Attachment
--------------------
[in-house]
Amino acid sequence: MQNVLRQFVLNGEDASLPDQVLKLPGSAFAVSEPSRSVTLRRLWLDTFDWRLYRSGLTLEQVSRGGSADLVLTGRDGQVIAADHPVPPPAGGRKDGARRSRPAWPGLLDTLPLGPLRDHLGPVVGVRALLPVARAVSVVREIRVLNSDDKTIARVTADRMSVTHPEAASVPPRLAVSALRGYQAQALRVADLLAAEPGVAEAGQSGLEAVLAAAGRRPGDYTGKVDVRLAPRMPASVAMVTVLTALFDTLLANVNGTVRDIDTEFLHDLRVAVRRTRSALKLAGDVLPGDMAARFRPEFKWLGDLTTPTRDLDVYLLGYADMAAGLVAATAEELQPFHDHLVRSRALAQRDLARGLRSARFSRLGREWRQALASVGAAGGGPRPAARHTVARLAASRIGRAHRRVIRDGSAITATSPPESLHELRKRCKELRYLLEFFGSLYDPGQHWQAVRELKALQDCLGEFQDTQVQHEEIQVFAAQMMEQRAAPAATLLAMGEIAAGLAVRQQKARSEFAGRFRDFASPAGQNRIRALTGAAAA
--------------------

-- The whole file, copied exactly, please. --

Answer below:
[in-house]
Amino acid sequence: MQNVLRQFVLNGEDASLPDQVLKLPGSAFAVSEPSRSVTLRRLWLDTFDWRLYRSGLTLEQVSRGGSADLVLTGRDGQVIAADHPVPPPAGGRKDGARRSRPAWPGLLDTLPLGPLRDHLGPVVGVRALLPVARAVSVVREIRVLNSDDKTIARVTADRMSVTHPEAASVPPRLAVSALRGYQAQALRVADLLAAEPGVAEAGQSGLEAVLAAAGRRPGDYTGKVDVRLAPRMPASVAMVTVLTALFDTLLANVNGTVRDIDTEFLHDLRVAVRRTRSALKLAGDVLPGDMAARFRPEFKWLGDLTTPTRDLDVYLLGYADMAAGLVAATAEELQPFHDHLVRSRALAQRDLARGLRSARFSRLGREWRQALASVGAAGGGPRPAARHTVARLAASRIGRAHRRVIRDGSAITATSPPESLHELRKRCKELRYLLEFFGSLYDPGQHWQAVRELKALQDCLGEFQDTQVQHEEIQVFAAQMMEQRAAPAATLLAMGEIAAGLAVRQQKARSEFAGRFRDFASPAGQNRIRALTGAAAA